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Availability: Coming Soon - Available for Pre-Order Now
Published: Grand Central Publishing - October 2019
A woman has a small boy. Her husband goes crazy and commits suicide. She has a relationship with another man who turns out to be abusive, and she leaves him. She travels to a different state and tries to make a new life for herself and her son. The boy disappears for six days and, when he returns, he has changed. This is a skeleton storyline of the work. And although the storyline is useful as a sort of anchor that keeps the reader connected, it hardly describes the nature of this intriguing work of horror.
At first, the reader may think that the boy is consumed by a bizarre, frightening, and overwhelming psychosis; hallucinatory and detached beyond repair. However, it is soon clear that the boy is in some metaphysical realm and participating in a nascent battle of good and evil, where his mother and others also become participants.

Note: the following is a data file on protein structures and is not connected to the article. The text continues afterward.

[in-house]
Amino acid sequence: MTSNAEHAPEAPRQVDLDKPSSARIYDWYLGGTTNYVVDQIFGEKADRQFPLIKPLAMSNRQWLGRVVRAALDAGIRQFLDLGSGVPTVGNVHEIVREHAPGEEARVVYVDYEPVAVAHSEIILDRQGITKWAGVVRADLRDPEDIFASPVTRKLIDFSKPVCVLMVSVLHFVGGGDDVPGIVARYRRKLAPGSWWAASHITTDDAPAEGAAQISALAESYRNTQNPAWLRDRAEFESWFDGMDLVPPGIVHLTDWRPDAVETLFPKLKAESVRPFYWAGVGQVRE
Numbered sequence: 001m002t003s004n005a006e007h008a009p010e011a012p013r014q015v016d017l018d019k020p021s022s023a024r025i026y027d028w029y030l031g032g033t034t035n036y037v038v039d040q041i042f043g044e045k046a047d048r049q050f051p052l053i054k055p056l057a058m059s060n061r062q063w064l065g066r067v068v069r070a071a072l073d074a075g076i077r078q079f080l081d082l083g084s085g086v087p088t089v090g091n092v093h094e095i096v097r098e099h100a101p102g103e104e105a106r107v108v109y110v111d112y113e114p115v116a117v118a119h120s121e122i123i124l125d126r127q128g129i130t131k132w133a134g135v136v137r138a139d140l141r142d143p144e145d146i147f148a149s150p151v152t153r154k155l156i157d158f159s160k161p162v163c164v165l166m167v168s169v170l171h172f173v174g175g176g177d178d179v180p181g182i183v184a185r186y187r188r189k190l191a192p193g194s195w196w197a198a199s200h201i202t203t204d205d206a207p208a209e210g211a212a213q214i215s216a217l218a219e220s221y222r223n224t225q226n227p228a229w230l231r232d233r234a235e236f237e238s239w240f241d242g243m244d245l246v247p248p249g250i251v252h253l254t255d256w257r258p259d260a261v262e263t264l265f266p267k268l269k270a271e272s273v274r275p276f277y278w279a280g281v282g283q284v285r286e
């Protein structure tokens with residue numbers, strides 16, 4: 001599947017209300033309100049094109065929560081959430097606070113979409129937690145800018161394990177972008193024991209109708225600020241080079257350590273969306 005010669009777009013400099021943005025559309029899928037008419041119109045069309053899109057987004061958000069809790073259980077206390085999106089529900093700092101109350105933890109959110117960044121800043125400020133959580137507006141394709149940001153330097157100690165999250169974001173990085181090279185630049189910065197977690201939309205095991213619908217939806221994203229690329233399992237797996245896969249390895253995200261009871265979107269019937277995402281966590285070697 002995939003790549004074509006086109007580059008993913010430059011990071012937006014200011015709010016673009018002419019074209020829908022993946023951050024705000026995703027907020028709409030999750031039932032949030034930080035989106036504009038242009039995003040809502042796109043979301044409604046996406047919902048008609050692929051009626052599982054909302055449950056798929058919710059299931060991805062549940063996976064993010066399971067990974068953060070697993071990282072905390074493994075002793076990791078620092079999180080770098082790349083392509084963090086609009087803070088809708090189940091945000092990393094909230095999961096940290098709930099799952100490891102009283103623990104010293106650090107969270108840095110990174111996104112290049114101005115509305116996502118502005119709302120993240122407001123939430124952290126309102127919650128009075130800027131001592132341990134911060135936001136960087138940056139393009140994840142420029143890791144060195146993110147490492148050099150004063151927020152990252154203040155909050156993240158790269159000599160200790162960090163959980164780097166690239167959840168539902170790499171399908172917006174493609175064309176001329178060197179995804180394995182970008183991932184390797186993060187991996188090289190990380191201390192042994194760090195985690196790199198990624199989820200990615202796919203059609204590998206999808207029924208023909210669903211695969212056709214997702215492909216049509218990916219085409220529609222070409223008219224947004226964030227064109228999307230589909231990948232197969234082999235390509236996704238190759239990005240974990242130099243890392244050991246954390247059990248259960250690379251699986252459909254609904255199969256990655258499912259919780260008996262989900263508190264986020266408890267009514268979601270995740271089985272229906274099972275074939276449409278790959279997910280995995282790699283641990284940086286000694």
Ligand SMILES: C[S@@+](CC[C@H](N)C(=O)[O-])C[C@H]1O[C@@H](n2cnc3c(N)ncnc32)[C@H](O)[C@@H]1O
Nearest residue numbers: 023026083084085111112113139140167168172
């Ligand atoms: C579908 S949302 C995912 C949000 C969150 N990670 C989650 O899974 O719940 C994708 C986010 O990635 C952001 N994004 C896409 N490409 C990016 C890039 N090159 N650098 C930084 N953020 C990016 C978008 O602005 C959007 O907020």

The nice man, the hissing lady, aggressive deer with sharp teeth, magical and damned tree houses, mailbox people with mouths sewn shut and eyes zippered closed, streets of blood—and many other images and events straight from Hell—make Imaginary Friend an amusement park of horror unlike any other you may have visited. With occasional and extremely novel religious undertones, the love of goodness and hope remain constants in the boy and his mother.
For me, reading Imaginary Friend was an experience often uncomfortable, regularly disturbing, occasionally frightening, yet perpetually engrossing and deserving of admiration. Obviously, recommended for fans of horror. You will find it unique.
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